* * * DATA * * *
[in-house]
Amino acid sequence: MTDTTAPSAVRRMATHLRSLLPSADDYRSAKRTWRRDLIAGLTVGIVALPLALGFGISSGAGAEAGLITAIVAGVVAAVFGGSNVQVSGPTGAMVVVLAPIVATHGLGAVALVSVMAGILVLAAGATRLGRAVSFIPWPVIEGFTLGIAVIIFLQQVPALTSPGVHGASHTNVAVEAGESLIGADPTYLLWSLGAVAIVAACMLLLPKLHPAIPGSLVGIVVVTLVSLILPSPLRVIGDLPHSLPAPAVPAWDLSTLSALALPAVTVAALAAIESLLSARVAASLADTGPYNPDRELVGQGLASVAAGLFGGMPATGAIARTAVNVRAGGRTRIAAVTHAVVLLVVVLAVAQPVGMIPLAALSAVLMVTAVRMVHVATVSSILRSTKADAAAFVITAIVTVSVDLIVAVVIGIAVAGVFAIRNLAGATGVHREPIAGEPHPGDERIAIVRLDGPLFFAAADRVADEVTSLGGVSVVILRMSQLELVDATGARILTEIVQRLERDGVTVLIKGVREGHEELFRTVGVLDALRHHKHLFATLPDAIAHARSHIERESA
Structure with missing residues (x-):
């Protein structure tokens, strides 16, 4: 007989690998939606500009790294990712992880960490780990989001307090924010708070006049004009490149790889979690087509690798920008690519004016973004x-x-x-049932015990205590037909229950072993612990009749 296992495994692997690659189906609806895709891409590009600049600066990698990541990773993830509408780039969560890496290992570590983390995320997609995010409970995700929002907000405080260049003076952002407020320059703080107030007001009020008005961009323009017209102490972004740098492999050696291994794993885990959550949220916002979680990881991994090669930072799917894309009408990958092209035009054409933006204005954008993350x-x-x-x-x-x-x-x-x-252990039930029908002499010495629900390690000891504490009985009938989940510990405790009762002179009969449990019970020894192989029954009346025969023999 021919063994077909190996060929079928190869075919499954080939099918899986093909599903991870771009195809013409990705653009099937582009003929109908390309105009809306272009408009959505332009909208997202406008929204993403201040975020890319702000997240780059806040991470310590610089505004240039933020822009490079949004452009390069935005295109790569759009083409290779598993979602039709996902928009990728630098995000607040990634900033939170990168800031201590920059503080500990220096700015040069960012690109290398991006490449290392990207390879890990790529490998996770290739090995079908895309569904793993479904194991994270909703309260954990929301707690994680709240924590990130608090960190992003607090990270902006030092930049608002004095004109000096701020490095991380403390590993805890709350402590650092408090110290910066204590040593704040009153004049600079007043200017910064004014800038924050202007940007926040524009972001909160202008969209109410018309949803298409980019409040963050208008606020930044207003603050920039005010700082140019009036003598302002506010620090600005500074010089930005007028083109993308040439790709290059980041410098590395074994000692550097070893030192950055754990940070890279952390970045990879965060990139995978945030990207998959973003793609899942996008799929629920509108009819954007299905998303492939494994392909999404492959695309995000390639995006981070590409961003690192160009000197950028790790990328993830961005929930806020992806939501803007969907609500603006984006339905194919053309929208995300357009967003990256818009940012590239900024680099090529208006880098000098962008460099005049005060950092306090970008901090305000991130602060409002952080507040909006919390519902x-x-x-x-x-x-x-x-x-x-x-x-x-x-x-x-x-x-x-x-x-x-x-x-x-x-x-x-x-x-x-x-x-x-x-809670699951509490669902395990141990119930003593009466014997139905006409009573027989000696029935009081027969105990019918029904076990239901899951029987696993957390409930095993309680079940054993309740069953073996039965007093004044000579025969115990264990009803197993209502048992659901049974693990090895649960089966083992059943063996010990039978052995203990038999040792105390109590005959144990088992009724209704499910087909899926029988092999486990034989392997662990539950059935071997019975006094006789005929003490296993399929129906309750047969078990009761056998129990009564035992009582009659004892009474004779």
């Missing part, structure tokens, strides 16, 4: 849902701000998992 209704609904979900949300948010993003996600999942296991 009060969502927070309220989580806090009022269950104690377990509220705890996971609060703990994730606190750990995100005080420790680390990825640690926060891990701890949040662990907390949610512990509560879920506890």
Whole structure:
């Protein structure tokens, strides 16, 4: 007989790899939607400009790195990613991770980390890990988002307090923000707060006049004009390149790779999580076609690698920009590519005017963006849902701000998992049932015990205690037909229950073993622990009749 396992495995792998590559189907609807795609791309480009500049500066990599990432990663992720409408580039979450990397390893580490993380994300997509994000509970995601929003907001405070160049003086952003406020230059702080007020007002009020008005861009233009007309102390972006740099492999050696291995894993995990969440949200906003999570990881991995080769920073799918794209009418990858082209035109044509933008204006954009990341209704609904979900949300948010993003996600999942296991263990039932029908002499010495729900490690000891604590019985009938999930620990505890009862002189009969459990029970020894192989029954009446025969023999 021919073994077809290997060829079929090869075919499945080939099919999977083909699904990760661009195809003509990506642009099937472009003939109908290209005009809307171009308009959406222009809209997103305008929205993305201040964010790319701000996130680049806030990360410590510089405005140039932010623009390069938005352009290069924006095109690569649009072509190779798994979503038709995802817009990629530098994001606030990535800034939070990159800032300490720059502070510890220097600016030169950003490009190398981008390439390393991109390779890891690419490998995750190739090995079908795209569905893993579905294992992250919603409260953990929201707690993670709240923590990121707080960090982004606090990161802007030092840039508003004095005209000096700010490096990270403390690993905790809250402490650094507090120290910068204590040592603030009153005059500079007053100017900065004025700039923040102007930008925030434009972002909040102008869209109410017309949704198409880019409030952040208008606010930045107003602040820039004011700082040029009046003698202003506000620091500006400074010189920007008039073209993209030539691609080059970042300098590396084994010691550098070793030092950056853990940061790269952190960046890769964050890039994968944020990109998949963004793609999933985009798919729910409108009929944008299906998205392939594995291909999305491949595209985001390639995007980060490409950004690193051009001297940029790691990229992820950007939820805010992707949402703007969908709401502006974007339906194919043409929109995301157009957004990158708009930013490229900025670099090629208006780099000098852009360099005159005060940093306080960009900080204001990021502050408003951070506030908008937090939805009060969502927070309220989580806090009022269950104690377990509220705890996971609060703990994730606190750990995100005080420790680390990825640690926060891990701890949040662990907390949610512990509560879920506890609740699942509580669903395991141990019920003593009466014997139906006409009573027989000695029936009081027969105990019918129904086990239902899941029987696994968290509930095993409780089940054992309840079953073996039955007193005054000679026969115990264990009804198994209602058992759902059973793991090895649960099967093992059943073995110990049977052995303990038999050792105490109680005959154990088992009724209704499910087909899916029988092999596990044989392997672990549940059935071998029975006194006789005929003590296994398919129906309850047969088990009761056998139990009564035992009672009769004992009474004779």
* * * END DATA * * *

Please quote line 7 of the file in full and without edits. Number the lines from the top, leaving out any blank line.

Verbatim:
């Protein structure tokens, strides 16, 4: 007989790899939607400009790195990613991770980390890990988002307090923000707060006049004009390149790779999580076609690698920009590519005017963006849902701000998992049932015990205690037909229950073993622990009749 396992495995792998590559189907609807795609791309480009500049500066990599990432990663992720409408580039979450990397390893580490993380994300997509994000509970995601929003907001405070160049003086952003406020230059702080007020007002009020008005861009233009007309102390972006740099492999050696291995894993995990969440949200906003999570990881991995080769920073799918794209009418990858082209035109044509933008204006954009990341209704609904979900949300948010993003996600999942296991263990039932029908002499010495729900490690000891604590019985009938999930620990505890009862002189009969459990029970020894192989029954009446025969023999 021919073994077809290997060829079929090869075919499945080939099919999977083909699904990760661009195809003509990506642009099937472009003939109908290209005009809307171009308009959406222009809209997103305008929205993305201040964010790319701000996130680049806030990360410590510089405005140039932010623009390069938005352009290069924006095109690569649009072509190779798994979503038709995802817009990629530098994001606030990535800034939070990159800032300490720059502070510890220097600016030169950003490009190398981008390439390393991109390779890891690419490998995750190739090995079908795209569905893993579905294992992250919603409260953990929201707690993670709240923590990121707080960090982004606090990161802007030092840039508003004095005209000096700010490096990270403390690993905790809250402490650094507090120290910068204590040592603030009153005059500079007053100017900065004025700039923040102007930008925030434009972002909040102008869209109410017309949704198409880019409030952040208008606010930045107003602040820039004011700082040029009046003698202003506000620091500006400074010189920007008039073209993209030539691609080059970042300098590396084994010691550098070793030092950056853990940061790269952190960046890769964050890039994968944020990109998949963004793609999933985009798919729910409108009929944008299906998205392939594995291909999305491949595209985001390639995007980060490409950004690193051009001297940029790691990229992820950007939820805010992707949402703007969908709401502006974007339906194919043409929109995301157009957004990158708009930013490229900025670099090629208006780099000098852009360099005159005060940093306080960009900080204001990021502050408003951070506030908008937090939805009060969502927070309220989580806090009022269950104690377990509220705890996971609060703990994730606190750990995100005080420790680390990825640690926060891990701890949040662990907390949610512990509560879920506890609740699942509580669903395991141990019920003593009466014997139906006409009573027989000695029936009081027969105990019918129904086990239902899941029987696994968290509930095993409780089940054992309840079953073996039955007193005054000679026969115990264990009804198994209602058992759902059973793991090895649960099967093992059943073995110990049977052995303990038999050792105490109680005959154990088992009724209704499910087909899916029988092999596990044989392997672990549940059935071998029975006194006789005929003590296994398919129906309850047969088990009761056998139990009564035992009672009769004992009474004779």